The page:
What is it about?

Splice isoform structure and abundancecan be affected by either noncoding or masquerading coding variants that alter the structure or abundance of transcripts.When these variants are common in the population, these nonconstitutive transcripts are sufficiently frequent so as to resemble naturally occurring, alternative mRNA splicing.Prediction of the effects of such variants has been shown to be accurate using information theory-based methods. Single nucleotide polymorphisms (SNPs) predicted to significantly alter natural and/or cryptic splice site strength were shown to affect gene expression. We explicitly predict and validate SNPs that influence mRNA structure and levels of expression of the genes containing them in immortalized lymphoblastoid cell lines and tumors. Since constitutive splicing mutations can arise at other locations within premRNA sequences that elicit cryptic splicing, we examined whether more common genomic polymorphisms might frequently affect the abundance and structure of splice isoforms.

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Why is it important?

Accurate and comprehensive methods are needed for predicting impact of non-coding mutations, in particular splicing defects, which are prevalent in causing genetic disease. Allele-specific alternative splicing can affect disease susceptibility as well as modulate mRNA splicing associated with common phenotypic variability in the population. In this study, we evaluate effects of 22 SNPs that were predicted to impact mRNA splicing. We validate these predictions using cell lines from individuals with known genotypes (homozygous common, heterozygous, and homozygous rare for nearly all SNPs tested). We validate expression changes due to these SNPs by: q-RT-PCR, high resolution exon microarrays, and an RNAseq-based algorithm, Veridical, that detects effects of variants on normal splicing. Q-RT-PCR precisely quantitates relative abundance of exonic isoforms, microarray expression analysis indicates the distribution of expression levels at isoform-specific genomic locations among individuals with the same genotype, while Veridical is a digital expression method based on read counts in tumors containing these variants relative to controls, that identifies splicing outputs not detected by these other approaches. We find that predicted allele-specific alternative splicing is confirmed by each of these approaches and appears to be relatively common in human populations.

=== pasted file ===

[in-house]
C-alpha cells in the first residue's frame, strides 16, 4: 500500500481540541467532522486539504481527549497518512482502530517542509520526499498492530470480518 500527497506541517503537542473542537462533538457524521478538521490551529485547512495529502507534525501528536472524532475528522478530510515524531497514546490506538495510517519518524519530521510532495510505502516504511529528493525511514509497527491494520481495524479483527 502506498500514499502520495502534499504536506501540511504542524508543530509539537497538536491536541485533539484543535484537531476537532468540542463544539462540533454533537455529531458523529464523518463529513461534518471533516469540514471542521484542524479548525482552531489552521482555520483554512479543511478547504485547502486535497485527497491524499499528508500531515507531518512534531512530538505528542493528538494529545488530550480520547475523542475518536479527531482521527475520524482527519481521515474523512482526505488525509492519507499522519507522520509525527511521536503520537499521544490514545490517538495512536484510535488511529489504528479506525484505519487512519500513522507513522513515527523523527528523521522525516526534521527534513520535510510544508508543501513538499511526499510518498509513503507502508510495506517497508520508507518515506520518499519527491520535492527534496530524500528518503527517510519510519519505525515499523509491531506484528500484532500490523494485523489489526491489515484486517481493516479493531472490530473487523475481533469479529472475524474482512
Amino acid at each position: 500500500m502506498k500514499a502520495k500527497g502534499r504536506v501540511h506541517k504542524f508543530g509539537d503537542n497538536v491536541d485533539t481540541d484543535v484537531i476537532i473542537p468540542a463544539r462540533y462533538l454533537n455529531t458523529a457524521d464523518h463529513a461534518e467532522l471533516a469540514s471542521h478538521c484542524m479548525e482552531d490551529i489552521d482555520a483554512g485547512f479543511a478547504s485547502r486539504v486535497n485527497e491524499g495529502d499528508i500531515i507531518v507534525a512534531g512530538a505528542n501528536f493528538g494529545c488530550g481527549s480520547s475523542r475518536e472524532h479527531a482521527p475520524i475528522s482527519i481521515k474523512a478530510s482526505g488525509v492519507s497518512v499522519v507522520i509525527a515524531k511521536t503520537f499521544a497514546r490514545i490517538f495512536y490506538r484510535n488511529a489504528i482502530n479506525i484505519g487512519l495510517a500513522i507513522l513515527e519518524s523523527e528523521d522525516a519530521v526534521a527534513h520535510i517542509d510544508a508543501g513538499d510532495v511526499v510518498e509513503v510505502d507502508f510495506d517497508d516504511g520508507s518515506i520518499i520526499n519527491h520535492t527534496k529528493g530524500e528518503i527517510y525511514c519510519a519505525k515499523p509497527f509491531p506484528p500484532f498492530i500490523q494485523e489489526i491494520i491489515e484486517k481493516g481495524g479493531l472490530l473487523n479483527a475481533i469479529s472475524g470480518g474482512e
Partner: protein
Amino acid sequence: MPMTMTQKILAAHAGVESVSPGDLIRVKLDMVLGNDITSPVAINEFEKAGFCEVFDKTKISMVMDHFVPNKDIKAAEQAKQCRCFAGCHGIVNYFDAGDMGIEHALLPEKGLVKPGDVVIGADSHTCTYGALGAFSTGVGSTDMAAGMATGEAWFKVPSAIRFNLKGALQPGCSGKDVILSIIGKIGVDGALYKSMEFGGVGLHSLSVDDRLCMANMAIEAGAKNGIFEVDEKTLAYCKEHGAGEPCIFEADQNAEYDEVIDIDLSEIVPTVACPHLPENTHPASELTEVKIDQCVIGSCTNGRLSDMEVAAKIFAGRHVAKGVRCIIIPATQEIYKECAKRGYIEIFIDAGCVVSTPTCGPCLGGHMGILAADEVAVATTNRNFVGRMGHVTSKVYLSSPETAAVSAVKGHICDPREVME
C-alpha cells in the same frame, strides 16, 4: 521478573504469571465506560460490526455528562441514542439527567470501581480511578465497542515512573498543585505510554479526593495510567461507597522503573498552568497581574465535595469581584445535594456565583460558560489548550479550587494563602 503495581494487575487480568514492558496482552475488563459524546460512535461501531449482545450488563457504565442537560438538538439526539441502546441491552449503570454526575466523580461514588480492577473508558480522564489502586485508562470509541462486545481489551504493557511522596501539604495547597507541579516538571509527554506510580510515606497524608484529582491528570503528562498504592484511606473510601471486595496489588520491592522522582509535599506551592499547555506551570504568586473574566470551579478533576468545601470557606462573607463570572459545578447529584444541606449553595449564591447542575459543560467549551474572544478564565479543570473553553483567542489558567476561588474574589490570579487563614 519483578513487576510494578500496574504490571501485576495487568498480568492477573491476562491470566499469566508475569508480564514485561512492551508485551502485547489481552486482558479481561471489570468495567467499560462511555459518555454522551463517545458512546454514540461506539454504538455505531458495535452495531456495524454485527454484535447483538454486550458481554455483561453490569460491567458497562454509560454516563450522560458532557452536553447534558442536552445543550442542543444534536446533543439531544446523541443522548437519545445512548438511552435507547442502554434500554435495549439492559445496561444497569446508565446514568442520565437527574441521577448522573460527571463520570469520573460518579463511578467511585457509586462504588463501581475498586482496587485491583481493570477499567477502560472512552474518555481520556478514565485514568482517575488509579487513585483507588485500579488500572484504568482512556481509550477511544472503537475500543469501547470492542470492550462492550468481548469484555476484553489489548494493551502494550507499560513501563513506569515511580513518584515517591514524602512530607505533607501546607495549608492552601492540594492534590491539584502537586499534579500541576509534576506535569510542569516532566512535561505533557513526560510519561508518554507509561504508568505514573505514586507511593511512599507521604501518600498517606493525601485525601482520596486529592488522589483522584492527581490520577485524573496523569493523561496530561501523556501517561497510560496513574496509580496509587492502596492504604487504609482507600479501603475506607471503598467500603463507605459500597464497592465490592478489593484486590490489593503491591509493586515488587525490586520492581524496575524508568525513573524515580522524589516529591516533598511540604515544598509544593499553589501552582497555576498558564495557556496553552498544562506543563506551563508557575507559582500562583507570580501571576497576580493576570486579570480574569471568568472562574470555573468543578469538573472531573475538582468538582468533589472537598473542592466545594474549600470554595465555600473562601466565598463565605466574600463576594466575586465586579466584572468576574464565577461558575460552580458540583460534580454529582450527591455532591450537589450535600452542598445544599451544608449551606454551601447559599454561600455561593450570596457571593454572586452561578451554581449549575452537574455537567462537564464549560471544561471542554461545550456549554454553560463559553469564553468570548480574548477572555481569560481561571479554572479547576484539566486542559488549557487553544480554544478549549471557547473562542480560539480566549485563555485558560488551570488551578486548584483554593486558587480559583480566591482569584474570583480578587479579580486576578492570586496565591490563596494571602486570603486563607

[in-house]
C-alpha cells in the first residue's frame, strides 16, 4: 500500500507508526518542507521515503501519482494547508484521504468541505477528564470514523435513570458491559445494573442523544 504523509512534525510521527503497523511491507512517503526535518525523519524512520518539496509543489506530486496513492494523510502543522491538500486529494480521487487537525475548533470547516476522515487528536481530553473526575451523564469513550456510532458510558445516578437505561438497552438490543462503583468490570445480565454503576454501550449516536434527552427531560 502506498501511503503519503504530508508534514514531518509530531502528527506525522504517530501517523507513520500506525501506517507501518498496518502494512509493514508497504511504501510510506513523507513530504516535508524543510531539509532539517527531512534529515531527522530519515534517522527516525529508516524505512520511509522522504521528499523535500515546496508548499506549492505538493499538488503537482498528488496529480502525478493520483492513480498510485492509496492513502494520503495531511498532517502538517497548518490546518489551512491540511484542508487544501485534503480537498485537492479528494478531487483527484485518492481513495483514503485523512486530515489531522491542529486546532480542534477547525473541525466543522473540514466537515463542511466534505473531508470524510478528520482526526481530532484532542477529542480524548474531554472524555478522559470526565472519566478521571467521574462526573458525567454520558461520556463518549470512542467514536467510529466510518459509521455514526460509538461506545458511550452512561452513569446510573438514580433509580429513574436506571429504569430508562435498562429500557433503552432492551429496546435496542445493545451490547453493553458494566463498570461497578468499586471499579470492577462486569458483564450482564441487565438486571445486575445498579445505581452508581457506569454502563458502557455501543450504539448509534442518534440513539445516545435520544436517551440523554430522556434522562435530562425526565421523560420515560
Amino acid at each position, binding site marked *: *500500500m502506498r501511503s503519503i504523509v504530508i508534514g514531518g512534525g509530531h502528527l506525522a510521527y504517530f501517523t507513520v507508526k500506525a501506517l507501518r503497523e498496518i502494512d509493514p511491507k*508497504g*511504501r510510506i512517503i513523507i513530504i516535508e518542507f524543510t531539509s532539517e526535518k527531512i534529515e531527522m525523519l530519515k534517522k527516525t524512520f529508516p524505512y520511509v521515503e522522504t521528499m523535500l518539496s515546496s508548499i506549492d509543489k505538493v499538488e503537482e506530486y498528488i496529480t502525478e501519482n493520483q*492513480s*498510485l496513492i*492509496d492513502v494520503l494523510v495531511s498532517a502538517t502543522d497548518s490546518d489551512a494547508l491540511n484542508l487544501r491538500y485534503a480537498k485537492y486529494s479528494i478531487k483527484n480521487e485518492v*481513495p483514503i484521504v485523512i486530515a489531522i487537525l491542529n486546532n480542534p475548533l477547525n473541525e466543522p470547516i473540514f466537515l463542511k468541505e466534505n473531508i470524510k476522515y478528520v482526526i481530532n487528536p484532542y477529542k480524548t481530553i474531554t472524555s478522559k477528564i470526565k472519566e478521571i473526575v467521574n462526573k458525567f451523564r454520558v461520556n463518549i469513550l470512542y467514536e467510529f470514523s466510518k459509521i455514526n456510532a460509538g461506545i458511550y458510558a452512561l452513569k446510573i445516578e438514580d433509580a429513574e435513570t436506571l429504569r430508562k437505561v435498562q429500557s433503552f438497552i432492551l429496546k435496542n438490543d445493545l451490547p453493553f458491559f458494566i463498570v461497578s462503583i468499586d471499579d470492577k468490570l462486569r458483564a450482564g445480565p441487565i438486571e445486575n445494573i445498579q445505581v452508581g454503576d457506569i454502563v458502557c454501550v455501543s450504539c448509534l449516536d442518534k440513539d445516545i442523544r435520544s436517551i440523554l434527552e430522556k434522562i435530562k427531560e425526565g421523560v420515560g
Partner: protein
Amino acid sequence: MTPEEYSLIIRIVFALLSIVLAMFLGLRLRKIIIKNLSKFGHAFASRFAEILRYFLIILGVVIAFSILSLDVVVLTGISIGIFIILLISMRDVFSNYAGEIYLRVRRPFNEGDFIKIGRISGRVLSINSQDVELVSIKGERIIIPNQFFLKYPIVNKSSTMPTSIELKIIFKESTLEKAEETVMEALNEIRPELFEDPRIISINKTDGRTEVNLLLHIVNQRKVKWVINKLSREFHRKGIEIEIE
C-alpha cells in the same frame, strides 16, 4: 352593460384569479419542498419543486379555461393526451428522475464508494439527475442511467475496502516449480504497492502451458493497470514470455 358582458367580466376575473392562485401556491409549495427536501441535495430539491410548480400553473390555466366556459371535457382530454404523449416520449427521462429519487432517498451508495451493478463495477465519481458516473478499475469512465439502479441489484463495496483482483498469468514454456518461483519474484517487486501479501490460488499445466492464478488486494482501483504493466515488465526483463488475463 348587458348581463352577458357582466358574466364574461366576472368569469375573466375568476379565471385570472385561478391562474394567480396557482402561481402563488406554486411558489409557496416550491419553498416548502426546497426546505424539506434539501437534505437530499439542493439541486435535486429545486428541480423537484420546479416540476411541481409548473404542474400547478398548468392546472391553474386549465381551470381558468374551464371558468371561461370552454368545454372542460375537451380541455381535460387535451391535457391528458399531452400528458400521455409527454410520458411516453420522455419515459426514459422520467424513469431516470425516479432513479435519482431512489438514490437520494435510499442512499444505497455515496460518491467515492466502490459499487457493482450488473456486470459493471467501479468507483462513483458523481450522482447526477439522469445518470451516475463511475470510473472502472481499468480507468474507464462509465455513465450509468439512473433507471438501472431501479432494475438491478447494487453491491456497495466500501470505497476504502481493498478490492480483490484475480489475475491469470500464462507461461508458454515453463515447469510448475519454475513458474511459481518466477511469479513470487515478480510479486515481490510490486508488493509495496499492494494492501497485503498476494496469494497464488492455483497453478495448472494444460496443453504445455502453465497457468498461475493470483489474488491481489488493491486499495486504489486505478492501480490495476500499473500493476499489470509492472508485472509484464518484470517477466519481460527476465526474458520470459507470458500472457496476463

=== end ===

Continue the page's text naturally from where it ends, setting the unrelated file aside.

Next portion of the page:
This topic has been addressed by other authors and research studies, but not as comprehensively as we do here. After predicting gene variants that affect mRNA splicing, we demonstrate these effects with three completely different experimental techniques. In nearly all of these cases, the results are concordant.

Dr Peter K Rogan
Western University

Read the Original

This page is a summary of: Expression Changes Confirm Genomic Variants Predicted to Result in Allele-Specific, Alternative mRNA Splicing, Frontiers in Genetics, March 2020, Frontiers,
DOI: 10.3389/fgene.2020.00109.
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